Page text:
hpuckett
Posted: Monday, January 30, 2012 6:06 AM
Joined: 1/17/2012
Posts: 5


Good thoughts, one and all.

 

From my own experience I can assure you that "sleep deprivation" sounds like the source for most of these problems Mike, including the memory issues, and particularly the anxiety. It is a known weakness in the human design, built perfectly to require adequate sleep. And while this need may vary by individual (and even within the individual), it is non-negotiable! One of the reasons it is used to breakdown POWs. Yeap.

 

The Xanax may not be where you want to remain, and once you are well-rested and ready, I agree with Iris that a good workup is needed to see if something less weighty might not do the trick for you. Xanax has many risk factors and will require increased dosage over time.

 

At your age and mine, we must get plenty of good exercise daily (light resistance work with weights, stretching & flexibility, and cardio are the key ingredients.  These will also insure better, deeper sleep.

 

Oh, and try awfully hard to avoid naps during the day, they are counter-productive to a good night's sleep.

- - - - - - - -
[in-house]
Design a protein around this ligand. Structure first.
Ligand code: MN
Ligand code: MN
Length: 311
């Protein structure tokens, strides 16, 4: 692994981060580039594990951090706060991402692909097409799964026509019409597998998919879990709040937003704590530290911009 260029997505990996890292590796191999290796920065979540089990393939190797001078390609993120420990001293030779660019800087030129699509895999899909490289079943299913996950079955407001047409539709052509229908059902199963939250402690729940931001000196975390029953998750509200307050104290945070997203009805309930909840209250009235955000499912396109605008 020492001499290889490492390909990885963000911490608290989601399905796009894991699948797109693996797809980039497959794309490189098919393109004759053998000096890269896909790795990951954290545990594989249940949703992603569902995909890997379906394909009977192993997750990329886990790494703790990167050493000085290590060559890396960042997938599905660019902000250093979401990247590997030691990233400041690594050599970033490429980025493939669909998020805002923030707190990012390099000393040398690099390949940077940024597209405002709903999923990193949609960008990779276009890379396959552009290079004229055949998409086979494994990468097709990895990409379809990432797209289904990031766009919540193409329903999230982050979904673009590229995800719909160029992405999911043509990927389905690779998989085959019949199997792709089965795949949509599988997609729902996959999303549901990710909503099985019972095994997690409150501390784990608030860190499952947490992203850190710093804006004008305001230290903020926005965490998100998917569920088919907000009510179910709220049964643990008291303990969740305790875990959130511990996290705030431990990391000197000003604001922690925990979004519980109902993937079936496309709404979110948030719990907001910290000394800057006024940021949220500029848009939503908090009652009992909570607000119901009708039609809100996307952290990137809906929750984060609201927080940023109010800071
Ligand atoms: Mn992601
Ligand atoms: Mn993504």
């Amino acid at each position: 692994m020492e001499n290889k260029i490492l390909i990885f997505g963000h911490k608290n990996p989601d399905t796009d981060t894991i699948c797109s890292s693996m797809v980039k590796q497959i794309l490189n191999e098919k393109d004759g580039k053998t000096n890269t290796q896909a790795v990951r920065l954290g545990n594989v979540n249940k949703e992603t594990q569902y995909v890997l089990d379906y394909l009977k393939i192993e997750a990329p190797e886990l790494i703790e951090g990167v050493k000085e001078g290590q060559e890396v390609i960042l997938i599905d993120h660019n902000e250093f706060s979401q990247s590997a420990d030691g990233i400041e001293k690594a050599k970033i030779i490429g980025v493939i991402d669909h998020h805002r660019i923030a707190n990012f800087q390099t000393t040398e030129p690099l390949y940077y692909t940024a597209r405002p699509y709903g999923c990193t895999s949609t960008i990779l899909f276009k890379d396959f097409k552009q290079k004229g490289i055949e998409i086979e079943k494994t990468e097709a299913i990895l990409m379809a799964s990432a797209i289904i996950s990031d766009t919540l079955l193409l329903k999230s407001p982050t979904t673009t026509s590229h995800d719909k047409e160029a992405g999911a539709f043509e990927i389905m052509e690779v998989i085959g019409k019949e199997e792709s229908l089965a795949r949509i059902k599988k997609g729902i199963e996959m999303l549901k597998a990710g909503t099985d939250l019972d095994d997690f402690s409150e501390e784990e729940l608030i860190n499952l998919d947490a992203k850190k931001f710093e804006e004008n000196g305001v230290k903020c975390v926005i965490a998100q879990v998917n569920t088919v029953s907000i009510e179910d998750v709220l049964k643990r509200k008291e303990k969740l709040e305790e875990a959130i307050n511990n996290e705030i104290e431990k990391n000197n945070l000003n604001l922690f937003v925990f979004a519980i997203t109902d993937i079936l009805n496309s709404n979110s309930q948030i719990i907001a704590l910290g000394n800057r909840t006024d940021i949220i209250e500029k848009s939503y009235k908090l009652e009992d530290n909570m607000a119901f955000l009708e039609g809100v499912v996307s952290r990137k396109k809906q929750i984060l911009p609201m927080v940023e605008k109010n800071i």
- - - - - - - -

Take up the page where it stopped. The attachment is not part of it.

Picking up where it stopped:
Peace be with you.


Iris L.
Posted: Monday, January 30, 2012 11:13 AM
Joined: 12/15/2011
Posts: 18061


Mikee, if you feel drowsy and fatigued in the daytime, consider getting an overnight sleep study at a sleep laboratory to search for sleep apnea.  It is a cause of memory loss.

Iris L.


SteveSanJose
Posted: Monday, January 30, 2012 9:20 PM
Joined: 1/3/2012
Posts: 189


It all seems to be a big circle. One of the problems I had with my dementia, was that it was depriving my sleep. I was up all night. Tired but not able to sleep, or sleep then wake all night.  I have depression also. I take, Citalopram and Seroquel daily for depression douring the day along with Temazepam at bedtime to help me sleep. I add some Alprazolam on my bad days. Also on 2 AD drugs.

Doctor


Mikee
Posted: Sunday, March 4, 2012 8:15 AM
Joined: 1/22/2012
Posts: 6


I'm beginning to think I should place more credence on the sleep thing that I have in the past. I had a sleep study more than 10 years ago and was diagnosed with a mild apnea at that time. I was never able to adapt to wearing a mask at night though and so wasn't able to use a CPAP. My Mom once told me my Dad had periods during his sleep where he wouldn't breathe for a length of time and then suddenly take great gasps and resume respiration--sounds like it's hereditary.